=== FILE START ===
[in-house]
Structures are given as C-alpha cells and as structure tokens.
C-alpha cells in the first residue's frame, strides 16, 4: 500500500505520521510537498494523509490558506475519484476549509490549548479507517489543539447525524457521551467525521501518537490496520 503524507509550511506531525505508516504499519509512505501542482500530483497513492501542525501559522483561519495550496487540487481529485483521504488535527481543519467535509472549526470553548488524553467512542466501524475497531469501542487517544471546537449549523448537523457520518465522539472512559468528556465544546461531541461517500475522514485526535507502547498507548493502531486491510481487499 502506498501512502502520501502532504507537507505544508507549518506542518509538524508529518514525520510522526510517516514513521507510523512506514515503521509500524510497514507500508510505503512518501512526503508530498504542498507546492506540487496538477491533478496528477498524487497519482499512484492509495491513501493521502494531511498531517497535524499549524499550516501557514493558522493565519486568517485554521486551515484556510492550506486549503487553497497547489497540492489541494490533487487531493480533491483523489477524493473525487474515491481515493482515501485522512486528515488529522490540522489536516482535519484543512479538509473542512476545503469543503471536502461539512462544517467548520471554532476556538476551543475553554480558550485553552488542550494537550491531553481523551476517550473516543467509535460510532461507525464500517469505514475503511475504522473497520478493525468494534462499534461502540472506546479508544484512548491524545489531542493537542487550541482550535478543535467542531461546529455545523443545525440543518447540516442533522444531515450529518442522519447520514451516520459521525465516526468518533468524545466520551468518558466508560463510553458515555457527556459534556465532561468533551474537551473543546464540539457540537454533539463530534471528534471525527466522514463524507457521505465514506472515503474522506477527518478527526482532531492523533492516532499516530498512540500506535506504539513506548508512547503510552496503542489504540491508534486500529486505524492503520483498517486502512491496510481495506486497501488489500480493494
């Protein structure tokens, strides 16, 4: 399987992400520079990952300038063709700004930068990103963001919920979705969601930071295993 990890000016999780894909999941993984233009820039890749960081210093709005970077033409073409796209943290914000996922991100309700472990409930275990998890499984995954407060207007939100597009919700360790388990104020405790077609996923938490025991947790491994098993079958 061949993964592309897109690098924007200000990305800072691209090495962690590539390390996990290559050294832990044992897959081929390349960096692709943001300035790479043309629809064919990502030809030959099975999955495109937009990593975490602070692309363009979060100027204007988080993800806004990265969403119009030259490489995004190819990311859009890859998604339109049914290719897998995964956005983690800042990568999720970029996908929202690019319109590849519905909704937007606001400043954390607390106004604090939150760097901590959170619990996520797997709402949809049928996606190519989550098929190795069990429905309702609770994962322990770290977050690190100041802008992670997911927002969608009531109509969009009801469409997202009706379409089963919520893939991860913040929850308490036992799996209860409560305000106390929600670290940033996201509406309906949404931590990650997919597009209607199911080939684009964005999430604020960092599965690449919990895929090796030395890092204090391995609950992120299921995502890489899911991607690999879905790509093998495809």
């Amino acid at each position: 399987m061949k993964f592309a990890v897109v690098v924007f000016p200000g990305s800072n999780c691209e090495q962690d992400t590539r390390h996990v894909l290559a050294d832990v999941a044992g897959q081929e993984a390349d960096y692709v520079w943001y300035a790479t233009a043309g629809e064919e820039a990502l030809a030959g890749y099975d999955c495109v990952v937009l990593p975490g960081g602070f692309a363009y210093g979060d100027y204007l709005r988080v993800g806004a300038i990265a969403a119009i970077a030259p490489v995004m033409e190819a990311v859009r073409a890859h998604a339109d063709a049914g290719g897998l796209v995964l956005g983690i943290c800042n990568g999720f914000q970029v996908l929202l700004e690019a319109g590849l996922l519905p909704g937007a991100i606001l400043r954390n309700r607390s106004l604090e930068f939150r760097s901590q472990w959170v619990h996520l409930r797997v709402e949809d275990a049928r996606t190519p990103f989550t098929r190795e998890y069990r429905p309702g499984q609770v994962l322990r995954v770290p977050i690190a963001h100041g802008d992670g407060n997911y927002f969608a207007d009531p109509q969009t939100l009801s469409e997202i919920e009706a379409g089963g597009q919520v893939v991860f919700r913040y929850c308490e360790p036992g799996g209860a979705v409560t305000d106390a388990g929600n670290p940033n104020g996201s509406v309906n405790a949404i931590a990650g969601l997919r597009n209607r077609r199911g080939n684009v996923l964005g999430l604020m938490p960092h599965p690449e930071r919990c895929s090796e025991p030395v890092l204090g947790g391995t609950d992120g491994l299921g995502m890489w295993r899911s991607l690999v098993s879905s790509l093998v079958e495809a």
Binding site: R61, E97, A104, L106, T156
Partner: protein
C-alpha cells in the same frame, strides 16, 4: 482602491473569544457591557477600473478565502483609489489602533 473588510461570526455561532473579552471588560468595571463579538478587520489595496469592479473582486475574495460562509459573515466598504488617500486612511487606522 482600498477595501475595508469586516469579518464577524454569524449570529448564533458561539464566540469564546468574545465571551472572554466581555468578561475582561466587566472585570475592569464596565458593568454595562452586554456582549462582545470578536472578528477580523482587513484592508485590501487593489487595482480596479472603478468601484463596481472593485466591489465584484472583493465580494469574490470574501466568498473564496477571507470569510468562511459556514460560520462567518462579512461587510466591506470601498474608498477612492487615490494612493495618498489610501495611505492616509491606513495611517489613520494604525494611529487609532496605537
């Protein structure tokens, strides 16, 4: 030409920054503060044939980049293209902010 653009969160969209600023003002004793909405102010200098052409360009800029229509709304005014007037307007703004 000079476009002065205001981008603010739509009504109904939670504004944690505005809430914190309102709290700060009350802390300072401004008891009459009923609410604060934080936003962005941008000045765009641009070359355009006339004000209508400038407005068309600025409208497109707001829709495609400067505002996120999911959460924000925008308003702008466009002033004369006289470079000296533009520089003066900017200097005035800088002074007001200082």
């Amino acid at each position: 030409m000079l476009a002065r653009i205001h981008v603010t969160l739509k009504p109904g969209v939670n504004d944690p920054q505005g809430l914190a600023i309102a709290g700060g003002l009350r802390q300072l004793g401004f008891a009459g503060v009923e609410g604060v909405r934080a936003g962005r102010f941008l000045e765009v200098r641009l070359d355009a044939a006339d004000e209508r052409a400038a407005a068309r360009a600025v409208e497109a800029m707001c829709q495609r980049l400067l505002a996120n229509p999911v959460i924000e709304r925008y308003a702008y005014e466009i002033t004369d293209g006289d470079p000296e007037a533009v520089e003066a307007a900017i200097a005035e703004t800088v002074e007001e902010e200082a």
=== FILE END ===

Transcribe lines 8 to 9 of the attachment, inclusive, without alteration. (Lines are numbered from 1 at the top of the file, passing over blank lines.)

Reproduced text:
C-alpha cells in the same frame, strides 16, 4: 482602491473569544457591557477600473478565502483609489489602533 473588510461570526455561532473579552471588560468595571463579538478587520489595496469592479473582486475574495460562509459573515466598504488617500486612511487606522 482600498477595501475595508469586516469579518464577524454569524449570529448564533458561539464566540469564546468574545465571551472572554466581555468578561475582561466587566472585570475592569464596565458593568454595562452586554456582549462582545470578536472578528477580523482587513484592508485590501487593489487595482480596479472603478468601484463596481472593485466591489465584484472583493465580494469574490470574501466568498473564496477571507470569510468562511459556514460560520462567518462579512461587510466591506470601498474608498477612492487615490494612493495618498489610501495611505492616509491606513495611517489613520494604525494611529487609532496605537
């Protein structure tokens, strides 16, 4: 030409920054503060044939980049293209902010 653009969160969209600023003002004793909405102010200098052409360009800029229509709304005014007037307007703004 000079476009002065205001981008603010739509009504109904939670504004944690505005809430914190309102709290700060009350802390300072401004008891009459009923609410604060934080936003962005941008000045765009641009070359355009006339004000209508400038407005068309600025409208497109707001829709495609400067505002996120999911959460924000925008308003702008466009002033004369006289470079000296533009520089003066900017200097005035800088002074007001200082």